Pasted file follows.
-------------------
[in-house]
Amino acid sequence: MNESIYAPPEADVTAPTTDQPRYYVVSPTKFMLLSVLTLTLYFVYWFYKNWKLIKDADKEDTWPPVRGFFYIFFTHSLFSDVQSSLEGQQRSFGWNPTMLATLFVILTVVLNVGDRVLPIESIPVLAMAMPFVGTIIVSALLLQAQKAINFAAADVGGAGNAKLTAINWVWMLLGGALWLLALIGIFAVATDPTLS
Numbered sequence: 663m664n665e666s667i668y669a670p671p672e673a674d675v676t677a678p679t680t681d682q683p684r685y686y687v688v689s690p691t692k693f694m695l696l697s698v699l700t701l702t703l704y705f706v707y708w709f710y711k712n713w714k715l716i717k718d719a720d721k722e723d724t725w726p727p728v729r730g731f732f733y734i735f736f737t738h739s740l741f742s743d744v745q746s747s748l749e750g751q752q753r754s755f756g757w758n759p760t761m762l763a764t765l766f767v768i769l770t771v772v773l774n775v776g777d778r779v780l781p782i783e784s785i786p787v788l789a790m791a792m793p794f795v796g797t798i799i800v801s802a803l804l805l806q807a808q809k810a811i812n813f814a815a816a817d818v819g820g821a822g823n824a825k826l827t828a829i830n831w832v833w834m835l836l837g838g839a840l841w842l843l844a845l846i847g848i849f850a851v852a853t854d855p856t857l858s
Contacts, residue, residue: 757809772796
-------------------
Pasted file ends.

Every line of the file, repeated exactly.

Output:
[in-house]
Amino acid sequence: MNESIYAPPEADVTAPTTDQPRYYVVSPTKFMLLSVLTLTLYFVYWFYKNWKLIKDADKEDTWPPVRGFFYIFFTHSLFSDVQSSLEGQQRSFGWNPTMLATLFVILTVVLNVGDRVLPIESIPVLAMAMPFVGTIIVSALLLQAQKAINFAAADVGGAGNAKLTAINWVWMLLGGALWLLALIGIFAVATDPTLS
Numbered sequence: 663m664n665e666s667i668y669a670p671p672e673a674d675v676t677a678p679t680t681d682q683p684r685y686y687v688v689s690p691t692k693f694m695l696l697s698v699l700t701l702t703l704y705f706v707y708w709f710y711k712n713w714k715l716i717k718d719a720d721k722e723d724t725w726p727p728v729r730g731f732f733y734i735f736f737t738h739s740l741f742s743d744v745q746s747s748l749e750g751q752q753r754s755f756g757w758n759p760t761m762l763a764t765l766f767v768i769l770t771v772v773l774n775v776g777d778r779v780l781p782i783e784s785i786p787v788l789a790m791a792m793p794f795v796g797t798i799i800v801s802a803l804l805l806q807a808q809k810a811i812n813f814a815a816a817d818v819g820g821a822g823n824a825k826l827t828a829i830n831w832v833w834m835l836l837g838g839a840l841w842l843l844a845l846i847g848i849f850a851v852a853t854d855p856t857l858s
Contacts, residue, residue: 757809772796